Tag Archives: Entrepreneurship

Focus on the 1% of the Activities that Matter

You might have heard about the Pareto Principle that says 20% of the actions produce 80% of the results.

Some people take the Pareto Principle to the extreme. For example, Gary Vaynerchuk says that 99% of the things don’t matter.

The art of success is finding that 20 % or in Vaynerchuk’s case finding those 1% actions.

Think about it. You only work one day a week and yet produce the same value as you would produce if you worked four days a week. Wouldn’t you like that? That’s basically what the Pareto Principle is saying.

The problem with the Pareto Principle is that it doesn’t work for employees. Employees are paid by the time they spend at work, not by the results they produce.

As a result, employees tend to do busy work, things that keep them busy, but don’t produce any valuable results.

If you want to become an entrepreneur, you need to perfect the Pareto Principle. You need to focus on the 20% of the actions that produce the 80% of the results. You need to let go of the 80% of the actions that produce low or no value at all.

Distinguishing between high and low-value actions is an art you perfect over time.

What are the high-value actions? In my opinion, these are learning, thinking, and applying what you learned and thought. I know that that sounds too general, so let me go into more detail.

The most valuable action is to come up with a vision. This is a long-term goal like a life goal. Then, the second most valuable action is learning and thinking about how to realize your vision. And eventually, applying the ideas that you learned and came up with in your life.

Your vision acts as a compass. It helps you find the 20% of the activities that produce the 80% of the results. Which activities bring you closer to the realization of your vision? Determine them and focus on them.

Let go of all the activities that don’t contribute to your vision. They are not only a waste of your time, but they are also potentially dangerous. The things that you do just to be busy can produce liabilities down the road. And they do.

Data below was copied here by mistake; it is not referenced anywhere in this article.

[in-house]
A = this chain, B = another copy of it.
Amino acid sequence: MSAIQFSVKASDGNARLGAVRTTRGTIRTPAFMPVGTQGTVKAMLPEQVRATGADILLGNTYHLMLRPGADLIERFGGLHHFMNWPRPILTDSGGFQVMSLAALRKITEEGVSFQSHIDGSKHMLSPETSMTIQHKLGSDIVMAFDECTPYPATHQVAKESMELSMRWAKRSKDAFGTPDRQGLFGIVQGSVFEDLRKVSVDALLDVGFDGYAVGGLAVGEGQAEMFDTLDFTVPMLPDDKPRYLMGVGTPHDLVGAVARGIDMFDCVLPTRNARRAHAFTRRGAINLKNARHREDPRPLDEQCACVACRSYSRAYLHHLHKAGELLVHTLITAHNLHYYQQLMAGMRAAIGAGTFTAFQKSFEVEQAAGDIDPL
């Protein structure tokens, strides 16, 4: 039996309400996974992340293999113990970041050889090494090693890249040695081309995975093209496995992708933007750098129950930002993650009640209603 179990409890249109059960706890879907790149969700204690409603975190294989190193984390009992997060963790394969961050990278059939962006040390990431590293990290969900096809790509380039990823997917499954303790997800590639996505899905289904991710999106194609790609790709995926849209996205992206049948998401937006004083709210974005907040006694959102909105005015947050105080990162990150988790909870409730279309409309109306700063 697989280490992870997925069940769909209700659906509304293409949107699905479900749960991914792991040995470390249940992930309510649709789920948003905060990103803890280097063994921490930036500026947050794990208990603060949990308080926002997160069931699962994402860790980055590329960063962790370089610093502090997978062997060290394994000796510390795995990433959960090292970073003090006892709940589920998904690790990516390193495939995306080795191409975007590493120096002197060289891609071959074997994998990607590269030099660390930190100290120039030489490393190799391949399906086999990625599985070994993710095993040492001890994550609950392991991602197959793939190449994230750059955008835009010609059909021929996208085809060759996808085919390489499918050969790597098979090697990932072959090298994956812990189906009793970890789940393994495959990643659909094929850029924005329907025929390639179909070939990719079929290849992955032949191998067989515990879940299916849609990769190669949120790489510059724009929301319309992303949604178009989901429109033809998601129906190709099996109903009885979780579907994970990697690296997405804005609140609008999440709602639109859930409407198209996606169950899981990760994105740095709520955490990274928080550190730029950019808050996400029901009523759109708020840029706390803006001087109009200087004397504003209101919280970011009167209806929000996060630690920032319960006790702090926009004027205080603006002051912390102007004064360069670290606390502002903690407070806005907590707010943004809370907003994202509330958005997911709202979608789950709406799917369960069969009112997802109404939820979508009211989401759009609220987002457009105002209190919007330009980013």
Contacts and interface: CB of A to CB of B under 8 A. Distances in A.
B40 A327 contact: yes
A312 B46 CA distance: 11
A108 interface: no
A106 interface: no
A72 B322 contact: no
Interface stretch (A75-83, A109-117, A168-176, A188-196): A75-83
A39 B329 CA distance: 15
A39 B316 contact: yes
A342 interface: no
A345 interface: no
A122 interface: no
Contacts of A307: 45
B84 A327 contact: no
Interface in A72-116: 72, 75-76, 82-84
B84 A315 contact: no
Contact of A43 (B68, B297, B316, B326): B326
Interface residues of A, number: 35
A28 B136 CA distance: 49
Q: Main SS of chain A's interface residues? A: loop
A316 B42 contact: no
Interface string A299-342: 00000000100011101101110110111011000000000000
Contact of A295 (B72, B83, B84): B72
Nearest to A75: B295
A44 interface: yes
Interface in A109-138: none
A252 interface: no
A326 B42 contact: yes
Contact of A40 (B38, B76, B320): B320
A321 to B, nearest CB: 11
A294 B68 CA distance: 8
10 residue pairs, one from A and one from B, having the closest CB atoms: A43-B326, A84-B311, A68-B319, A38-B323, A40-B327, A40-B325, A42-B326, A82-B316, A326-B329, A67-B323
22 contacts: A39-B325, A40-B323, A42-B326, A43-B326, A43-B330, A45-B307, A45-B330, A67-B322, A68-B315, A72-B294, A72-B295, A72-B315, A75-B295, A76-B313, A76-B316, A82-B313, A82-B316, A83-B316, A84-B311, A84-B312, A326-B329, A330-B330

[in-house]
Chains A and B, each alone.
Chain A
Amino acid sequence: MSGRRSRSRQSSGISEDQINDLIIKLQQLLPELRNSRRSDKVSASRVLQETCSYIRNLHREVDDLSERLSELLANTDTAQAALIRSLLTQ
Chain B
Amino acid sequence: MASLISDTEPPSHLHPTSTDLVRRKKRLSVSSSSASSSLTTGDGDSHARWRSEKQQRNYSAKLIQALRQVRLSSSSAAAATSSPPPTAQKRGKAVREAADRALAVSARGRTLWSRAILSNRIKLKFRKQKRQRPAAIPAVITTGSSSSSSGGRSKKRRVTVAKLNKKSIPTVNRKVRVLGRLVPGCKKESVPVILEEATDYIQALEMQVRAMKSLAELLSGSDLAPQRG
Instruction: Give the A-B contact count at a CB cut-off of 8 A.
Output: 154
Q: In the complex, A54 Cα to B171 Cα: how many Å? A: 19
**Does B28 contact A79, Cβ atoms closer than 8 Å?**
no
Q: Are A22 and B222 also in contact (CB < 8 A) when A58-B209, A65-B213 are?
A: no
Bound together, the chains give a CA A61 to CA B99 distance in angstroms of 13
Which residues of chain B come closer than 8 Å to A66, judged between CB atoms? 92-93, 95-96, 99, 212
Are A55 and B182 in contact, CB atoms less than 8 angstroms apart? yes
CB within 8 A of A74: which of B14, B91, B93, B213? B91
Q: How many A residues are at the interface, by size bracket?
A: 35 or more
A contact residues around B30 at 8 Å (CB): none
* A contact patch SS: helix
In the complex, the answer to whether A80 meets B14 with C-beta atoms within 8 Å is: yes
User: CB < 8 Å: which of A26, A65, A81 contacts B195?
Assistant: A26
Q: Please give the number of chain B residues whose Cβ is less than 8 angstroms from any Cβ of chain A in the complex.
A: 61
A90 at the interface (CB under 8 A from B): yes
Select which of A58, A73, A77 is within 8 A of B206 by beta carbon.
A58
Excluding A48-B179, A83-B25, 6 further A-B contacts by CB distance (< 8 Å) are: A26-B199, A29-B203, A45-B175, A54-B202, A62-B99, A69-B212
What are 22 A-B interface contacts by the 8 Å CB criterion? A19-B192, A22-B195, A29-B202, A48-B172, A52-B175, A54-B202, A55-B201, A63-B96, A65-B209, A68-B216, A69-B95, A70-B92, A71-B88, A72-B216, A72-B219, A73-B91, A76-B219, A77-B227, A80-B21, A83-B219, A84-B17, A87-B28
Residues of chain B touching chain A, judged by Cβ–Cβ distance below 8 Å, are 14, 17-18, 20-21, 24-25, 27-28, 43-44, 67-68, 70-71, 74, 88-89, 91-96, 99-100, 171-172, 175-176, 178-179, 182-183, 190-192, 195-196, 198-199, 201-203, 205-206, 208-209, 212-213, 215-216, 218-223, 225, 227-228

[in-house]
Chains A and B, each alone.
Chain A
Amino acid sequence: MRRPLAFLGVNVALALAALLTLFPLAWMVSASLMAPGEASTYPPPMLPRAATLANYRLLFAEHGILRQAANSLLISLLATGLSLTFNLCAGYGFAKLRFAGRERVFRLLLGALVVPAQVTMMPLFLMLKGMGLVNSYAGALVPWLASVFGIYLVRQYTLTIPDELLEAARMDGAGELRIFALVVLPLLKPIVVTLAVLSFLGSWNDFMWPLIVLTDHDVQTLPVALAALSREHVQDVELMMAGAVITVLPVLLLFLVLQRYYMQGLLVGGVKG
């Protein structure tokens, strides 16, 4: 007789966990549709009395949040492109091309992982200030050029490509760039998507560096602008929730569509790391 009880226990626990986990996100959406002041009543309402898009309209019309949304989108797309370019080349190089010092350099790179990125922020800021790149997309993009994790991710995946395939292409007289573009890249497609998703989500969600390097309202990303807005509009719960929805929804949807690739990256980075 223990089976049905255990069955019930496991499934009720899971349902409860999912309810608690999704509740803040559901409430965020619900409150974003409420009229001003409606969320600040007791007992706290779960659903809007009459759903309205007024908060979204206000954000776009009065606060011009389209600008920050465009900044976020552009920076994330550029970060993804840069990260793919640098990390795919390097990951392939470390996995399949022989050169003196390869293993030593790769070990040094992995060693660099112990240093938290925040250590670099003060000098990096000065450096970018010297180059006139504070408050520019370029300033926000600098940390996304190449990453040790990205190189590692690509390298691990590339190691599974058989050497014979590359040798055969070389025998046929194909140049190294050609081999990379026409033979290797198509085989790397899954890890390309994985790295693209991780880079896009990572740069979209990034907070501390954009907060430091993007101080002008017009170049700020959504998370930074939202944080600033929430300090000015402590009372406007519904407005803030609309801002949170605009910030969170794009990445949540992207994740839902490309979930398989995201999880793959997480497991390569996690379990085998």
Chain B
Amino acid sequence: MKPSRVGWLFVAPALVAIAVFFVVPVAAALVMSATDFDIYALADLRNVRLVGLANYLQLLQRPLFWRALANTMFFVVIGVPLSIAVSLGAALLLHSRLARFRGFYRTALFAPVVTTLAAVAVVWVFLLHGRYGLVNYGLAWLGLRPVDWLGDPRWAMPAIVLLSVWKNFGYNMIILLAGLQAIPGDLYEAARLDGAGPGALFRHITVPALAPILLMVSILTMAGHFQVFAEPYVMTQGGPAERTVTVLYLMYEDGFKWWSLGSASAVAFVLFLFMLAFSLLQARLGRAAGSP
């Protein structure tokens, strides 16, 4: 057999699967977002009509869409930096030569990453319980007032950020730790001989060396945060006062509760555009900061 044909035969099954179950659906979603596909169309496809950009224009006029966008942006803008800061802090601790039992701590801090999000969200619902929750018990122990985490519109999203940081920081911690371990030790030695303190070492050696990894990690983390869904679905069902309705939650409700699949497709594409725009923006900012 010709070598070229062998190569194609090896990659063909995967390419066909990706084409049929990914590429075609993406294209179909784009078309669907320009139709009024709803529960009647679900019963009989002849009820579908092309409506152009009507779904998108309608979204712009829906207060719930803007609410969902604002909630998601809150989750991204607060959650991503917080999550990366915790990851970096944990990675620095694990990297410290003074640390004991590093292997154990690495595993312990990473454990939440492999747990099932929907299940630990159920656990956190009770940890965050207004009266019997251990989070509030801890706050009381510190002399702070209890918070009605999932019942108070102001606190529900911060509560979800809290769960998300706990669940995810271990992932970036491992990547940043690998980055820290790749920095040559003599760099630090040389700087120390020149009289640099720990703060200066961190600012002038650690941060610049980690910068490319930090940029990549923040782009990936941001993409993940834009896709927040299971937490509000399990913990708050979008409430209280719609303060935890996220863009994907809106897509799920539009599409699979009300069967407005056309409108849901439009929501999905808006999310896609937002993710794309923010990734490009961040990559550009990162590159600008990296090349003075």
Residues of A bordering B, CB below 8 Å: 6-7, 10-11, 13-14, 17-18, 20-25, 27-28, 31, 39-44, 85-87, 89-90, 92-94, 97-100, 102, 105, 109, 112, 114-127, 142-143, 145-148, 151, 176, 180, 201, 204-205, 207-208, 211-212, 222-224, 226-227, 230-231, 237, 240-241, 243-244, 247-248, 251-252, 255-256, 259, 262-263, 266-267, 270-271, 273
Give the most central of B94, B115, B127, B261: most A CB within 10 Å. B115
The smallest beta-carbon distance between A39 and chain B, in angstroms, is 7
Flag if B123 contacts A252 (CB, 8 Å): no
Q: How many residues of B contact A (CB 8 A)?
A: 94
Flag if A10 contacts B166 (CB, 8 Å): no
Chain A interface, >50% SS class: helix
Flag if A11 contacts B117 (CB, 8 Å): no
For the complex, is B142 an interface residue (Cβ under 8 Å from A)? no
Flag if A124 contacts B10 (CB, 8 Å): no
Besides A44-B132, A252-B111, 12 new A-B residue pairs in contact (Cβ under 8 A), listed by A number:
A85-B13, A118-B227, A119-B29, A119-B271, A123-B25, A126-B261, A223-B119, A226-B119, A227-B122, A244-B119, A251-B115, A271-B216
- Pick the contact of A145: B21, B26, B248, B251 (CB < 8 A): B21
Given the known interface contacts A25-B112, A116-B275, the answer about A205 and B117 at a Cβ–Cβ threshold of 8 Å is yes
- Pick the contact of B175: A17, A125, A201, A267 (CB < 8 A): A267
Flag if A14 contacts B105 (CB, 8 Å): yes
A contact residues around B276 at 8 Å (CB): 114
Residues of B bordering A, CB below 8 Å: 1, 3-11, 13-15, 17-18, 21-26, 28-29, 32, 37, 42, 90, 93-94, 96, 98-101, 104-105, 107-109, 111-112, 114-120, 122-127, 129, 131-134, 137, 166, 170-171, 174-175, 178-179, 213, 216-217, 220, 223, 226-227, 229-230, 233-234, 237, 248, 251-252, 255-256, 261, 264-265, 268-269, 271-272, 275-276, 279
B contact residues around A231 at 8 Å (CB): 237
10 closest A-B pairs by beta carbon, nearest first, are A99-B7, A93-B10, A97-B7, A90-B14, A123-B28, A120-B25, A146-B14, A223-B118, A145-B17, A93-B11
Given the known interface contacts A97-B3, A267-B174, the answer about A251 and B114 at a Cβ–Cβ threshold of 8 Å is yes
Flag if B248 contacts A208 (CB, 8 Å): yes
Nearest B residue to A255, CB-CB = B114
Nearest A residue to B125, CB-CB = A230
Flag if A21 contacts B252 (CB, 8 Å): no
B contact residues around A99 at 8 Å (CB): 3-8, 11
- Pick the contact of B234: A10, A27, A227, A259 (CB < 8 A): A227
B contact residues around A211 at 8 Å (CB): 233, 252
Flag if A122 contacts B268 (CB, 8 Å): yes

Most of the time, doing nothing is better than wasting time on busy work. When you do nothing, you give yourself the space where new ideas can bubble up. You can also use that time to learn and think of course.

Eliminating waste, including waste of time, is crucial to making the most of your life. Distractions are obvious time wasters, but busy work is also a waste of time, and more dangerous than distractions because it gives you the false impression that you’re actually doing something useful.

If you’re interested in starting your own business, I recommend reading the book The Lean Startup by Eric Ries. It will help you start a business by yourself or with a co-founder with limited resources.

How would your life look like if you let go of the 99% of the things that didn’t contribute to your vision and focused on the 1% that did?

Success, Sacrifice, Happiness, Work-Life Balance, Integration

When it comes to happiness and success, there isn’t a one-size-fits-all solution. You have to find out what makes you happy and what success means to you. In this post, I’ll give you three main directions. It’s up to you to choose the path you want to go.


The first direction is the good old sacrifice. It’s been touted throughout the decades in the success literature. 20 years ago, Jeffrey J. Fox recommended working an extra hour every day to get to the top of the corporate ladder in his book How to Become CEO.

Nowadays, working an extra hour per day might not get you too far. You might need to be productive 24 / 7 / 365, and you can. However, that takes some serious sacrifice. You might need to make a decision between happiness and success. In this option, you might not get both.

The pitfall of sacrifice is that you might become obsessed with doing and miss the essence. It’s easy to lose the sight of the big picture and get drown in busy work without producing any meaningful results.